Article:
Jacksonville: Word out of Jacksonville seems to be that the Jags are willing to live with Gardner Minshew for the 2020 campaign following on his solid rookie season this past fall. However, the Jaguars have no misgivings about the fact that while Minshew is a skilled technician in the pocket with the kind of off-beat personality that fans love, he lacks a big arm and isn’t a great athlete and their real target for the position is more likely the 2021 draft when guys like Trevor Lawrence and Justin Fields are expected to be available. As such, the Jaguars aren’t likely to be inclined to trade up for any of this year’s second-tier QBs. The one exception, though, might be if it was clear that Miami wasn’t going to make a move on Alabama’s Tagovailoa. In that scenario, the Jaguars could be tempted to make the move themselves from the 9th pick, say to #3. Jax is in SEC country and Tagovailoa would give them some instant credibility they haven’t had in awhile. Its not clear that the Jags would be willing to include their second first round pick to make the move, but they do have extra picks in the 4th, 5th and 6th rounds to sweeten the pot with. Again an interesting situation to watch in conjunction with what Miami does or doesn’t do.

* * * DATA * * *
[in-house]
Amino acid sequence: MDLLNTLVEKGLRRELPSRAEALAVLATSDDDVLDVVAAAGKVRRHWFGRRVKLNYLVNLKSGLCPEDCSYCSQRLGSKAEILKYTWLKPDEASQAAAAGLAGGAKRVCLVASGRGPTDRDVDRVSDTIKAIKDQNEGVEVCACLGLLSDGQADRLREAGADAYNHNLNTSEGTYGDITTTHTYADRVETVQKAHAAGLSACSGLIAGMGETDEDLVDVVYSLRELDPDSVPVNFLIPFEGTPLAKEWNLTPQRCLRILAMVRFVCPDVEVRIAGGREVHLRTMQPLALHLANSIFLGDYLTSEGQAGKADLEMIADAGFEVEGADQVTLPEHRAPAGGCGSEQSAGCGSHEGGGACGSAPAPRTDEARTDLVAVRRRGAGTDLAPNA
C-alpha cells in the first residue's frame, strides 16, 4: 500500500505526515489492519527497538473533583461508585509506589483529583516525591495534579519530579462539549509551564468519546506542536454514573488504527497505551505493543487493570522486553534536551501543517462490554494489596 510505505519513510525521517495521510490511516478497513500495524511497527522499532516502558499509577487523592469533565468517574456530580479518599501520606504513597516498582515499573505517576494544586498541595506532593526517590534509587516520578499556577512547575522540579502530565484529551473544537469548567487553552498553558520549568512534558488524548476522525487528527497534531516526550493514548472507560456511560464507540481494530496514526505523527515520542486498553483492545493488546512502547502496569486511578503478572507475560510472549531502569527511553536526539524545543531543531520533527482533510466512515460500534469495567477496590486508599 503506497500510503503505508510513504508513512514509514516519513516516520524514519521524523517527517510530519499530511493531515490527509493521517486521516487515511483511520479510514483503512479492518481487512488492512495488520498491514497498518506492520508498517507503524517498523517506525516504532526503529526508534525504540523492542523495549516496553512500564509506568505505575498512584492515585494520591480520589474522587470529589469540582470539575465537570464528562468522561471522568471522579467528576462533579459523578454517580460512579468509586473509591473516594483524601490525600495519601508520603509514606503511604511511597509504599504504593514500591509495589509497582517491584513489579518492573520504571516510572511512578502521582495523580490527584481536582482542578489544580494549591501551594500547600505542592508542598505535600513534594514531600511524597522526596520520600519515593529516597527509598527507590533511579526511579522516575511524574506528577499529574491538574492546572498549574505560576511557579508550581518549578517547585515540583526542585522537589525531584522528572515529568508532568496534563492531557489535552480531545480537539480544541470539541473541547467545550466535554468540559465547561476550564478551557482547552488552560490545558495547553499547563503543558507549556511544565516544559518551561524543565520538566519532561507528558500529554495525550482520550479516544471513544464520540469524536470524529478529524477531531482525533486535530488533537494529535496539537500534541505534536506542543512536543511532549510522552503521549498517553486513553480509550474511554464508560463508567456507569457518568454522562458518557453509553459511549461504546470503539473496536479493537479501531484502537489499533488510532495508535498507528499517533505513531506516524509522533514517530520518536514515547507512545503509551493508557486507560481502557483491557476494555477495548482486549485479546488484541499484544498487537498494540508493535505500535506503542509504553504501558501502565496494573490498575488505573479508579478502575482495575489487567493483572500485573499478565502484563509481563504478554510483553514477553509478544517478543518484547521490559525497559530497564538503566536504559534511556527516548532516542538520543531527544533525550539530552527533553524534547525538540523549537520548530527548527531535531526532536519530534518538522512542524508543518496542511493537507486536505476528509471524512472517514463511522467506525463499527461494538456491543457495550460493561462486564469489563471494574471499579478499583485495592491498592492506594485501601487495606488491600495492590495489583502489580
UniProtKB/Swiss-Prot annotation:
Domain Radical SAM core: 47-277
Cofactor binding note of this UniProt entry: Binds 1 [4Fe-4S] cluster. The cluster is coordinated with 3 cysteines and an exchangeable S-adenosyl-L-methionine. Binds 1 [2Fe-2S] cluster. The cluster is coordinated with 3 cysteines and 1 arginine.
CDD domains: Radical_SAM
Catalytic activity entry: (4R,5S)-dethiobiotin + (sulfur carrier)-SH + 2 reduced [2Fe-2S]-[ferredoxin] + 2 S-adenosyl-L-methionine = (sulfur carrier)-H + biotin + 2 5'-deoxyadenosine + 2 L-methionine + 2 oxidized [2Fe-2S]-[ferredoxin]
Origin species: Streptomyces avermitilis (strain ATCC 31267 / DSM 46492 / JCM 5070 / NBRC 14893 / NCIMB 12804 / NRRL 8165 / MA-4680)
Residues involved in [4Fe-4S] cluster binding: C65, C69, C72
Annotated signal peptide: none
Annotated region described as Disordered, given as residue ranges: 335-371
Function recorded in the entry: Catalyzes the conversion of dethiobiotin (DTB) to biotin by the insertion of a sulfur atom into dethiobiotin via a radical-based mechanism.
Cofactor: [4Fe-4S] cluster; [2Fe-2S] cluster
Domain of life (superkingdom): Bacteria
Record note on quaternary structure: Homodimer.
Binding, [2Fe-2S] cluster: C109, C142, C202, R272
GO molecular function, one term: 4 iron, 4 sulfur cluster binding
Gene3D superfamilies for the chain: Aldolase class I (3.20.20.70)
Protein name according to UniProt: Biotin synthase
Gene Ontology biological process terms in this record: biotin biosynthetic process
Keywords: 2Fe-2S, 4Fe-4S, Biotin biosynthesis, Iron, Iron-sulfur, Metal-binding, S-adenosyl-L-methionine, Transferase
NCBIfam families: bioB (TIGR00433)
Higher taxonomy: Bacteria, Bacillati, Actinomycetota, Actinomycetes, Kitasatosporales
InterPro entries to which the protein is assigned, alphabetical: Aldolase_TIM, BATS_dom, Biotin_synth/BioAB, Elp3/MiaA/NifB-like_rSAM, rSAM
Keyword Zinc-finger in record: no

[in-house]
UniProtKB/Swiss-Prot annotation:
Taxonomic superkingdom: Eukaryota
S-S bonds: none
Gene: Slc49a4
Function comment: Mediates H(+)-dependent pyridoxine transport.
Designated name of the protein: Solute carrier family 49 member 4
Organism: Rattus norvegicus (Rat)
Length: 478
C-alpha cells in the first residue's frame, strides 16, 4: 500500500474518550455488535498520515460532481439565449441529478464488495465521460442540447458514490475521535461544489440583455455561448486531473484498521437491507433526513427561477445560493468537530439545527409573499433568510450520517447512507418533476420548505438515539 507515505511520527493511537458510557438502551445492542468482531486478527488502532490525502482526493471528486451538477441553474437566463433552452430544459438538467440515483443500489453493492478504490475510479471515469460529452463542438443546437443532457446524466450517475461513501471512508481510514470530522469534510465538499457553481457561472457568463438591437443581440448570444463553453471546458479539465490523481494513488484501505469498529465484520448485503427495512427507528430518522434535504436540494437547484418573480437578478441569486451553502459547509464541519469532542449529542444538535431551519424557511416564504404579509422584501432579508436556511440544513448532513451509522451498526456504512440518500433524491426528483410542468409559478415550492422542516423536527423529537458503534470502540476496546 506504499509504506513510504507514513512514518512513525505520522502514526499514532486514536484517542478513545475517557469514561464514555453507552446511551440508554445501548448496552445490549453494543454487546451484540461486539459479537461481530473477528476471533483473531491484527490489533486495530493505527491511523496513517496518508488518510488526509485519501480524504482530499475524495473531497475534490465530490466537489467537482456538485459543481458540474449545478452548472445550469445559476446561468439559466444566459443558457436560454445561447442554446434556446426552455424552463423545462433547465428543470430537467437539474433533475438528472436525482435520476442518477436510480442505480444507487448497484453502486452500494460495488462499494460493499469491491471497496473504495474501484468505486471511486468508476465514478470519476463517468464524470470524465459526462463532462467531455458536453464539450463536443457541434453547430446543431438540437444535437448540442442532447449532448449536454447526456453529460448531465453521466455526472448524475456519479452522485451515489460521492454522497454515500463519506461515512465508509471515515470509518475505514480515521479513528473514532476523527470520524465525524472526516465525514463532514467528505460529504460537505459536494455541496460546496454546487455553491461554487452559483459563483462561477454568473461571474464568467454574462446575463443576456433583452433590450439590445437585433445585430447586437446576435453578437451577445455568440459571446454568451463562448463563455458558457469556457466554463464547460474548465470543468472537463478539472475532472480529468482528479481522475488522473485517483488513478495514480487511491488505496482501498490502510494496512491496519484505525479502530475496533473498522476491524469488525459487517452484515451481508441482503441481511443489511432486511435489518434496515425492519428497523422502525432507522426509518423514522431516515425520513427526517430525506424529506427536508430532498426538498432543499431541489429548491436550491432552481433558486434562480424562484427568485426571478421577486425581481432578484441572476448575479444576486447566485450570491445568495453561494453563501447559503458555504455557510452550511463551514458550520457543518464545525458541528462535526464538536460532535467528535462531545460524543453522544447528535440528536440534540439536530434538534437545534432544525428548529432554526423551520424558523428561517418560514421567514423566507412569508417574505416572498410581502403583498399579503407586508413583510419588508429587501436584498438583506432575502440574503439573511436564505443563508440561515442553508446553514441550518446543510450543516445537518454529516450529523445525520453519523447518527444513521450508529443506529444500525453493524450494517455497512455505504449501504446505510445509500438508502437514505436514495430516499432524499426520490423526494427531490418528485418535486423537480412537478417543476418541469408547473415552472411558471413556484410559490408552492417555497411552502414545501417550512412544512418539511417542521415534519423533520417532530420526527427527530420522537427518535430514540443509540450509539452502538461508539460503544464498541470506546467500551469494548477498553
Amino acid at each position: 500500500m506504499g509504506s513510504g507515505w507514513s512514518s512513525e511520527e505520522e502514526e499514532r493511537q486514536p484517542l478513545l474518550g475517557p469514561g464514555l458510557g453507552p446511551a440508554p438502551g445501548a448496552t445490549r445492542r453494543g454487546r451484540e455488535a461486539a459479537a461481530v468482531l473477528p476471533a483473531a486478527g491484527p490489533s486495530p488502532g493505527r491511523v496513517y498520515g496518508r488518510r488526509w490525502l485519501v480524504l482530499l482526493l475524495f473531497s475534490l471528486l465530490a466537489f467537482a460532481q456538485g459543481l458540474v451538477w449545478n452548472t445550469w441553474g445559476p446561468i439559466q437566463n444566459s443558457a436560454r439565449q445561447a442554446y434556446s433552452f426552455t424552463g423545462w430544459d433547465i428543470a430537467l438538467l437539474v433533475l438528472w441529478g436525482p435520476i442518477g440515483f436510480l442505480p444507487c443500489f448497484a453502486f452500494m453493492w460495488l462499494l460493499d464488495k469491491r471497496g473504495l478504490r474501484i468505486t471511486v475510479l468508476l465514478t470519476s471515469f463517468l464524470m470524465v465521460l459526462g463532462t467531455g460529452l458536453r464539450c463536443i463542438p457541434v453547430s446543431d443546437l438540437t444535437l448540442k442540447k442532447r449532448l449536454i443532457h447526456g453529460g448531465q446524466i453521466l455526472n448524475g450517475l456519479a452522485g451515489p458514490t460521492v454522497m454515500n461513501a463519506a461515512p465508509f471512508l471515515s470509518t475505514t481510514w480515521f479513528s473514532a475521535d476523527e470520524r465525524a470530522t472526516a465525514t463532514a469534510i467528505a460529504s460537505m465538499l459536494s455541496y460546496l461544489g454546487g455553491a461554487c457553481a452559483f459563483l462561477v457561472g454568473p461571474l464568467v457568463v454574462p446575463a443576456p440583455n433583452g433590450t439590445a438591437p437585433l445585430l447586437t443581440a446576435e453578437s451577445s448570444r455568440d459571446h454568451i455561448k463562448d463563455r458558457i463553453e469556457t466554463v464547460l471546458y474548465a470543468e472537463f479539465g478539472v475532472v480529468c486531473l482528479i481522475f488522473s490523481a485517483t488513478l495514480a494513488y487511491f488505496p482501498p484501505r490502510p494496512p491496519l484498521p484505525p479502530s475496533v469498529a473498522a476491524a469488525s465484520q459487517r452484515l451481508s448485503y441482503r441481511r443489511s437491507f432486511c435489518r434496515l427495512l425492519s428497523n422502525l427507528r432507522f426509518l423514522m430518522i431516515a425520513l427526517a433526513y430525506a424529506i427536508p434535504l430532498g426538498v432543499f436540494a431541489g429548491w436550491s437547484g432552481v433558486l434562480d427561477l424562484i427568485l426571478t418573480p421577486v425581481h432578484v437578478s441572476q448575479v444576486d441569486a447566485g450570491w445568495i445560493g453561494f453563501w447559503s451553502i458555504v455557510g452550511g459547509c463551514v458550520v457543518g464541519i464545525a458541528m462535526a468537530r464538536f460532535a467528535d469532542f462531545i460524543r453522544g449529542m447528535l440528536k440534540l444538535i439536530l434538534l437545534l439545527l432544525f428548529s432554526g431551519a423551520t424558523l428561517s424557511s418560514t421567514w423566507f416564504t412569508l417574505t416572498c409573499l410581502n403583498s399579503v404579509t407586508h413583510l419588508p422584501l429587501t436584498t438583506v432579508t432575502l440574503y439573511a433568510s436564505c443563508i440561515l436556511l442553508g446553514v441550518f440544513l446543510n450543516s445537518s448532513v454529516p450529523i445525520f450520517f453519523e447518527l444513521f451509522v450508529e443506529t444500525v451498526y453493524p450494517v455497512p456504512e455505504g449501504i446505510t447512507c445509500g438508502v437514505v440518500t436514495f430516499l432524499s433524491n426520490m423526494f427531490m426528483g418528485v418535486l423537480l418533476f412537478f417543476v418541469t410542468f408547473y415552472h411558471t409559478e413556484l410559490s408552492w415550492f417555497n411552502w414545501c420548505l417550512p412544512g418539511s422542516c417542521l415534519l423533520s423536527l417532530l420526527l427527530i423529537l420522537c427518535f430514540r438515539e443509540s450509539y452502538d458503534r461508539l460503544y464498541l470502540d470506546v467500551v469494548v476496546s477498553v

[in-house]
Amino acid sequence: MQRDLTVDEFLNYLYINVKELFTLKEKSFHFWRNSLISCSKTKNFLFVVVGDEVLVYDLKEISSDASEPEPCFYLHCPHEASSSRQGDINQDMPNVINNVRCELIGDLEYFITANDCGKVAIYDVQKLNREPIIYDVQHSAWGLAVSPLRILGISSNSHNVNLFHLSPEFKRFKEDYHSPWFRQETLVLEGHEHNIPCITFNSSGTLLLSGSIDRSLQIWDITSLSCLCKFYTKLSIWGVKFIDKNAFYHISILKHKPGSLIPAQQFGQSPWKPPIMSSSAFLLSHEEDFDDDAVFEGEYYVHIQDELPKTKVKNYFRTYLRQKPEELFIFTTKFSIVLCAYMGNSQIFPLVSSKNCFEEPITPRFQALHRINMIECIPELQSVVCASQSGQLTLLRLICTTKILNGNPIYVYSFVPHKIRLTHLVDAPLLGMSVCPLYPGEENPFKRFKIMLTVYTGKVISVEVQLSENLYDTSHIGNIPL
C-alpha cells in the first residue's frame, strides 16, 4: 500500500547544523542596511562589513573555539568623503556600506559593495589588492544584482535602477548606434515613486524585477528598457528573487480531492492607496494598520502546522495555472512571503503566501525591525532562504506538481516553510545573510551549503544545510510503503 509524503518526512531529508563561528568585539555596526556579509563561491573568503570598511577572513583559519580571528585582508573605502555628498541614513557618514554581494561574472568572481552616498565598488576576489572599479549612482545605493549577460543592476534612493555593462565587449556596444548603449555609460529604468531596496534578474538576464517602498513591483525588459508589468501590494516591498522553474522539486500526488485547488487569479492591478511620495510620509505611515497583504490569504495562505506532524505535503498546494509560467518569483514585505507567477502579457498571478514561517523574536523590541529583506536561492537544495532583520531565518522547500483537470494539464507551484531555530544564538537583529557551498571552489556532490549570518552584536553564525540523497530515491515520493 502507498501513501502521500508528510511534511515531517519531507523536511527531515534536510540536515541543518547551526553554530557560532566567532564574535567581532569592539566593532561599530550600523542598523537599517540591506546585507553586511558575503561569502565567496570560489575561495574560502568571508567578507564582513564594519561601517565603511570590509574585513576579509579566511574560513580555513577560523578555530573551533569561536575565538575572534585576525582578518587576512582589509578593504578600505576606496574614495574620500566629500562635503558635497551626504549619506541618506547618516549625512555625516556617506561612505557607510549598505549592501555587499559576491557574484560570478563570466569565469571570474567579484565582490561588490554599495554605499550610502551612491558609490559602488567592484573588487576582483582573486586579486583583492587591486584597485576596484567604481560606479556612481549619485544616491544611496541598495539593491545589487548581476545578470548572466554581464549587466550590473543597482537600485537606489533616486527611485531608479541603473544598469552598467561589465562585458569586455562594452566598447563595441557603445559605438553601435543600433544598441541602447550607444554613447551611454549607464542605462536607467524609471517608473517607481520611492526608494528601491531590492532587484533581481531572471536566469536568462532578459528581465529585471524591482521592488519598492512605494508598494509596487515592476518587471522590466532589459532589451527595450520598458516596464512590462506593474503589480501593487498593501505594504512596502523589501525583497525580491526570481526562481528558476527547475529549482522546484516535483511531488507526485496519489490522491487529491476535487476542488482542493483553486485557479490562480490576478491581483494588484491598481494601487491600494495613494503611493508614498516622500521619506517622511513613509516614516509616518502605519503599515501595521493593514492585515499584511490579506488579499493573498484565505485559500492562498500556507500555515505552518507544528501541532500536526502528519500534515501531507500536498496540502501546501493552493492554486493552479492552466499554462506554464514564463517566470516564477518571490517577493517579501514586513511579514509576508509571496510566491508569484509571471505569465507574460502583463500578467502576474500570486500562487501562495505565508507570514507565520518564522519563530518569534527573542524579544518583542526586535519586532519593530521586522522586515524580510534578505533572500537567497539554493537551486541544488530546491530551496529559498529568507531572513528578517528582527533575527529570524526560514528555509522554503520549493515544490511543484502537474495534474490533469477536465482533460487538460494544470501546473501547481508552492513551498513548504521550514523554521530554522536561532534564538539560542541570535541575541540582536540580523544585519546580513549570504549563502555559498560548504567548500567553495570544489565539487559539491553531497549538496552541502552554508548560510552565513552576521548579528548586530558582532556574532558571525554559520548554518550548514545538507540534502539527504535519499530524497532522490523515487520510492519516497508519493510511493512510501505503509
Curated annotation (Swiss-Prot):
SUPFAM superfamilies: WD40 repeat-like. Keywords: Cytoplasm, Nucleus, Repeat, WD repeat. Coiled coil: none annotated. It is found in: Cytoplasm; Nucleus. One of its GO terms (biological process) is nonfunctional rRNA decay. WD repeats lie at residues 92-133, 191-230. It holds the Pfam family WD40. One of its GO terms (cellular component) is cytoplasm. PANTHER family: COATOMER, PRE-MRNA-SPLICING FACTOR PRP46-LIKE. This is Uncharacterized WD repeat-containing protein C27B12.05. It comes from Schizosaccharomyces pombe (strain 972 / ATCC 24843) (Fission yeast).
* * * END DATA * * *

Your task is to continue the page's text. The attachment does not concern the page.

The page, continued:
Las Vegas: The Raiders made an interesting move late last week when they signed Marcus Mariota after Tennessee resigned Ryan Tannehill to a new deal. Ostensibly, Mariota was added for depth, as well as provide some competition for incumbent starter Derek Carr. In fact, all Mariota is going to provide in Las Vegas is a QB controversy every time Carr stumbles or Jon Gruden grumbles. Indeed, to our eyes Mariota fits more the mold of a bridge QB to carry a team for a year or so while a younger guy gets his feet wet. And that has us wondering if the Raiders are in fact looking at possibly moving up from the 12th pick, particularly given that its a well-known secret that Gruden has never been happy with Carr as his QB. And one guy that would make sense for the Raiders is Utah State’s Jordan Love. Both Gruden and draft-guru turned G.M. Mike Mayock are big upside guys and a pretty good case that no QB in the 2020 draft class has more upside than Love, whose rough around the edges, but who has been compared to KC’s Patrick Mahomes when it comes to pure arm talent. It probably isn’t lost on Gruden and Mayock that they are looking at having to play in the same division with Mahomes for the forseeable future and they are going to need a comparable talent to have any chance of competing. And while it could cost the Raiders both their #1s this year to move up, they have something of a ace in the hole in that regard in that if they did make that kind of move they are going to be able recoup some of that draft capital by trading Carr.